The first Animal Blawg poll that I posted some time ago caught Professor Brian Leiter’s eye several days ago. According to Professor Leiter, the results of the poll suggest that many, if not most, vegans (or at least the readers of AnimalBlawg) ascribe to either “morally abhorrent” or “morally baseless views”. For Leiter, holding that killing animals is always wrong is morally abhorrent because, among other things, it would lead to claiming that killing an animal in order to save a human being from imminent harm is morally wrong. This, Leiter believes, is clearly incorrect.
On the other hand, Leiter believes that those who think that killing an animal is morally wrong absent exigent circumstances do not display morally “abhorrent” views. However, he believes that adopting such a position is morally indefensible, given that if animal interests stem from sentience, there is nothing wrong with painlessly killing an animal. Therefore, Leiter claims that the only morally sound reason for being a vegan is that, although killing animals is not necessarily wrong, the processes that lead to the killing of animals for human consumption typically cause an unjustifiable infliction of pain on the creatures. I have three comments about Leiter’s post.
First, I commend Professor Leiter for once again paying attention to some of the moral and legal issues that arise as a result of our relationship with non-human animals. Although I disagree with some of his views, it’s good to see that a brilliant mind like Leiter’s is blogging about these issues.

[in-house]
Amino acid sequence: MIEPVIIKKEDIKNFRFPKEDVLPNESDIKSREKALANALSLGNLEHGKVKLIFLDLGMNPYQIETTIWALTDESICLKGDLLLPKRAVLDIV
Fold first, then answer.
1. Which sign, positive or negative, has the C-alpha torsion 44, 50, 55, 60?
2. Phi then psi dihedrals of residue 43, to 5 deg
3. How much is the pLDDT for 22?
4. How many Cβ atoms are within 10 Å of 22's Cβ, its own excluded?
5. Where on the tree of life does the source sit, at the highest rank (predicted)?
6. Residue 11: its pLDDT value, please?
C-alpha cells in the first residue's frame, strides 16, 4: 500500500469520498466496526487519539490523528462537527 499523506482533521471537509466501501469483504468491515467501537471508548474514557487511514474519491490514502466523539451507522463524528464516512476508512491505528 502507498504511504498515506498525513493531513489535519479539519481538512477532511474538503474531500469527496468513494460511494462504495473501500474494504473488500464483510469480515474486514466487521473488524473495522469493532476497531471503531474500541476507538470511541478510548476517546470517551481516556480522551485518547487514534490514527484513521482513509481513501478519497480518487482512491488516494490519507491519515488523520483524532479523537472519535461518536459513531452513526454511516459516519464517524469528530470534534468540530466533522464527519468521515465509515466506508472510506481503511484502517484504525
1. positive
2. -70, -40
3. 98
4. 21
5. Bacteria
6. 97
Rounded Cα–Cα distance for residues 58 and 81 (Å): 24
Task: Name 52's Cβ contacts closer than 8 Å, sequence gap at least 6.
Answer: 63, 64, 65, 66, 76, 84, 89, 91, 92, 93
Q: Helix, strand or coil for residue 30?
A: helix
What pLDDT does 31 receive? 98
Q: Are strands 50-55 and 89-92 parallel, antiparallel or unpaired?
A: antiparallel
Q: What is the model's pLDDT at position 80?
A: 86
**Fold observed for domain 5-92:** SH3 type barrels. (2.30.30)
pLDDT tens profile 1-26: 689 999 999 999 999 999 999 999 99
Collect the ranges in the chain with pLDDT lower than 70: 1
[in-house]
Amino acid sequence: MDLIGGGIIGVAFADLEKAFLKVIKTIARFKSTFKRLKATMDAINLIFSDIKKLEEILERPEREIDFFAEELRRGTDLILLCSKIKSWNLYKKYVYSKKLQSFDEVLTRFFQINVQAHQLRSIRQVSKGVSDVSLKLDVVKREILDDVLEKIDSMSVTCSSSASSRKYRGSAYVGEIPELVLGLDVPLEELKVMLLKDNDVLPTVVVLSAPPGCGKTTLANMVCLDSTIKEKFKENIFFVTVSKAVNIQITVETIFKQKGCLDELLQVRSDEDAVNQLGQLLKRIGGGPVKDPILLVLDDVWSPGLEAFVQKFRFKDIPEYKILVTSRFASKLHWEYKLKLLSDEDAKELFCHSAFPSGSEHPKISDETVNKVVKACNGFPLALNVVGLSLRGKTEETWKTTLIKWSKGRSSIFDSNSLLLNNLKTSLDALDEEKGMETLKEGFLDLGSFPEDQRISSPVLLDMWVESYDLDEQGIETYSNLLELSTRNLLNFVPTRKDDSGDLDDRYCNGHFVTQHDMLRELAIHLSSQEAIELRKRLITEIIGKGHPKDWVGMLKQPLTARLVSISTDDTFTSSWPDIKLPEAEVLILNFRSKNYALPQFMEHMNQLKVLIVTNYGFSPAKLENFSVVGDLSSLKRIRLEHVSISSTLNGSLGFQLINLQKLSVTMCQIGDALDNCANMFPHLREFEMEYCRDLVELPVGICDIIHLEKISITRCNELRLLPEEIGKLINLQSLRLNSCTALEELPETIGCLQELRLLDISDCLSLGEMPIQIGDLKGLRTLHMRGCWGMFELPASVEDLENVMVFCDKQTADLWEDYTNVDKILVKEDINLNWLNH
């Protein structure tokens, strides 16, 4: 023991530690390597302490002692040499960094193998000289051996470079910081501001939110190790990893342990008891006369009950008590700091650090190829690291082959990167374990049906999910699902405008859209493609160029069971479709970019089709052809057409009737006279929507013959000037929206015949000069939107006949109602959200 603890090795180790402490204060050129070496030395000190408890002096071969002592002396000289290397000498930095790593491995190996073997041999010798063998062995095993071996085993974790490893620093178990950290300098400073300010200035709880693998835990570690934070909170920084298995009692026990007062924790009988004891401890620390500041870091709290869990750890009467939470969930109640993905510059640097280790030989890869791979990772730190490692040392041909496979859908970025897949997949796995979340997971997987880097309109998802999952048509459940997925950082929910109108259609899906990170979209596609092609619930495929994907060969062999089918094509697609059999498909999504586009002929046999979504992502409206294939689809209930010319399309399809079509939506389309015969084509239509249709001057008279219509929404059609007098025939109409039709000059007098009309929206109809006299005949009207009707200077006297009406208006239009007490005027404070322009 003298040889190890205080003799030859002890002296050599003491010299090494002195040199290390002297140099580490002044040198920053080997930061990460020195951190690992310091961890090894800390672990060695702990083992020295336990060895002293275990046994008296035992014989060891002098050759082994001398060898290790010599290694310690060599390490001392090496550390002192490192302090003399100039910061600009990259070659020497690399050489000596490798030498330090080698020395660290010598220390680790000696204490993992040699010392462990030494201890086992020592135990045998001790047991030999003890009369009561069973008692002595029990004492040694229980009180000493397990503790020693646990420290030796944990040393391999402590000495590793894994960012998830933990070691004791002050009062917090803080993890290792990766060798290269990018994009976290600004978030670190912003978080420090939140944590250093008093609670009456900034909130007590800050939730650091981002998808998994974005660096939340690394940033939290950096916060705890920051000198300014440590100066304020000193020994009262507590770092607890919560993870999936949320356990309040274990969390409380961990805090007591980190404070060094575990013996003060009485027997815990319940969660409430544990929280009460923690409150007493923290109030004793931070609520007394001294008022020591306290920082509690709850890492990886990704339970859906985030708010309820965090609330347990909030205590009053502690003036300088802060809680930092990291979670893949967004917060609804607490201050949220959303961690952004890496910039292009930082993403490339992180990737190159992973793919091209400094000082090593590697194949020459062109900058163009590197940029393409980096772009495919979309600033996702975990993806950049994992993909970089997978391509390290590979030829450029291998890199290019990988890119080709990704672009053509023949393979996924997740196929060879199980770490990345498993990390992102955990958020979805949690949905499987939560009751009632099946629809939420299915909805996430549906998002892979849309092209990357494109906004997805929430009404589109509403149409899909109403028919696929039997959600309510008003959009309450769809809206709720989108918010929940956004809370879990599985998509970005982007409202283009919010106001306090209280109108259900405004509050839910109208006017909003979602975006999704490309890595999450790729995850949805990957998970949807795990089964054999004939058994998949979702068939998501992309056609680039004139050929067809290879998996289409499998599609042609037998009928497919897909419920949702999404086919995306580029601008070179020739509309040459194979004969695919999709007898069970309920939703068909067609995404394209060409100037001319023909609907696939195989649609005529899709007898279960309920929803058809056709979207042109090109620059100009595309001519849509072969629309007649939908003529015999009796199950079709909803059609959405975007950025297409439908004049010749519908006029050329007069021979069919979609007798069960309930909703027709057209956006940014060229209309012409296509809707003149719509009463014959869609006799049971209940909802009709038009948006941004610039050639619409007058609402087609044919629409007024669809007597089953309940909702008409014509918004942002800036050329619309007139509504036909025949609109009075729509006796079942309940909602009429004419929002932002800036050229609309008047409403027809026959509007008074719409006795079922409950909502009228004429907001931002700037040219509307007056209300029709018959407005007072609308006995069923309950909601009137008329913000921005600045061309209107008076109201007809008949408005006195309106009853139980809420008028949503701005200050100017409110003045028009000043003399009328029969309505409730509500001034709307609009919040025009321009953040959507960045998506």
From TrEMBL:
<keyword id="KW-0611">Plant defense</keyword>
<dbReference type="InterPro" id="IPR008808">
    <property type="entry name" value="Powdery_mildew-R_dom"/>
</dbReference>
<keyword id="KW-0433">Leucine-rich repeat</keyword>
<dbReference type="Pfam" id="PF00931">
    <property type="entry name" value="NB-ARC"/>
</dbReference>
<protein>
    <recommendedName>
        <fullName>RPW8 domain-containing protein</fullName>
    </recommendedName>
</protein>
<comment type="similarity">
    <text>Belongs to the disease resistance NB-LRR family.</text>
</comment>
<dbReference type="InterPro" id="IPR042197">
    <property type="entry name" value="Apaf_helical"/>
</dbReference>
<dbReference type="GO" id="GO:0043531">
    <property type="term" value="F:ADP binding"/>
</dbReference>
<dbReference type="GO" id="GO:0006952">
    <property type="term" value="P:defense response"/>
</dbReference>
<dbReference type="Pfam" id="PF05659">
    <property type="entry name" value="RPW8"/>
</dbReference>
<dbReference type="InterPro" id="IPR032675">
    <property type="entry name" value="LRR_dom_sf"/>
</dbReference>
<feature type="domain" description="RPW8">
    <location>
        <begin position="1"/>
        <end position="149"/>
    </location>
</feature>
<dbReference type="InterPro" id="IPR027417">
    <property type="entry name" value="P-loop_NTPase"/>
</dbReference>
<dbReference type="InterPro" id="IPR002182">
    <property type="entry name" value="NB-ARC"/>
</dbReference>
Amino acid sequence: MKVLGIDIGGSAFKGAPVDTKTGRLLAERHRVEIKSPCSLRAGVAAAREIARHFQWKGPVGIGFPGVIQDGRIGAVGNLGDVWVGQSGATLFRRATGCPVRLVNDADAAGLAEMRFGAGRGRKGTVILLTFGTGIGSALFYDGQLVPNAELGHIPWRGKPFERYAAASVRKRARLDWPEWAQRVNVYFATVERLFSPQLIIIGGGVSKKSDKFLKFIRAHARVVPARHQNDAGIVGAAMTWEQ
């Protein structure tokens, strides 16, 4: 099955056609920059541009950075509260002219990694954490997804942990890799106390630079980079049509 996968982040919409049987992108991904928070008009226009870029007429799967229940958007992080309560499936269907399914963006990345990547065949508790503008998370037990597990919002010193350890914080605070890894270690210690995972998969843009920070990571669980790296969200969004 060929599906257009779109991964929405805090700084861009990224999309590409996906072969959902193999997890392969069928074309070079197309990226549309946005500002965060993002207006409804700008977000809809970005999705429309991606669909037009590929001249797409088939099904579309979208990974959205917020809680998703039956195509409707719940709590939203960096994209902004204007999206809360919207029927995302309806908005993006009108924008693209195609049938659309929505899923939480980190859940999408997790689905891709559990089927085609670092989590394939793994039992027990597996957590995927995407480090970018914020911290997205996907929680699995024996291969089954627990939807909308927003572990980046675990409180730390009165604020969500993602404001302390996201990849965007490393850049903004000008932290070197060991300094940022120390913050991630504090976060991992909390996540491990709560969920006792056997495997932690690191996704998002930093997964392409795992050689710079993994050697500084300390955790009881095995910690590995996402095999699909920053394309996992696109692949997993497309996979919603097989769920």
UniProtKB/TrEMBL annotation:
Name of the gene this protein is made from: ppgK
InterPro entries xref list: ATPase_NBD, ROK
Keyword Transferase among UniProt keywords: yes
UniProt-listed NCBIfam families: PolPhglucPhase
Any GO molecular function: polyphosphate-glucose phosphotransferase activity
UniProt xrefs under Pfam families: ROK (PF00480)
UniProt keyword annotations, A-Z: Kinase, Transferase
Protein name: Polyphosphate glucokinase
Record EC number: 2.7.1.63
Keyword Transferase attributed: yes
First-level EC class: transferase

Second, I once again take issue with Leiter’s choice of words. Calling the views of vegans who believe that killing animals is always wrong “abhorrent” strikes me as somewhat insensitive. Perhaps such views are misguided (I actually agree with Leiter on this point – just like killing humans is not always wrong – e.g. self-defense -, killing animals is not always wrong either), but there’s no reason to call them abhorrent. It is better to reserve such terms for truly abhorrent moral views such as those that are inspired by racism, bigotry or prejudice. This questionable choice of words reminds me of Professor Leiter’s misguided decision to include “veganism is disgusting” as an alternative in a poll he crafted to gauge law professors’ attitudes towards veganism. Again, perhaps the philosophy undergirding veganism is unwise or misguided (I don’t think so, but some might claim that it is), but that does not make it disgusting or abhorrent.
Finally, Professor Leiter glosses over several arguments when defending his views that painlessly killing animals is not morally wrong and that the killing of an animal in order to save a human being is morally right. First, his argument would lead to the conclusion that it is not morally wrong to kill sentient human beings who are not capable of self-awareness and planning for the future. I’m not sure that this is something that Leiter is willing to accept. If he is not, then he has to explain what makes this case different from the case of animals, beside the fact that one being is a human and the other is not. If he is willing to accept this conclusion, then his argument is objectionable, given that most would balk at accepting a theory that leads to the counterintuitive proposition that killing some sentient human beings is not morally offensive. Lastly, it is also unclear whether, as Leiter argues, it is obviously right to kill an animal in order to save a human being. If we take sentience seriously, it might very well be the case that it is morally wrong to kill a sentient animal in order to save a non-sentient human being who is not conscious and never will be.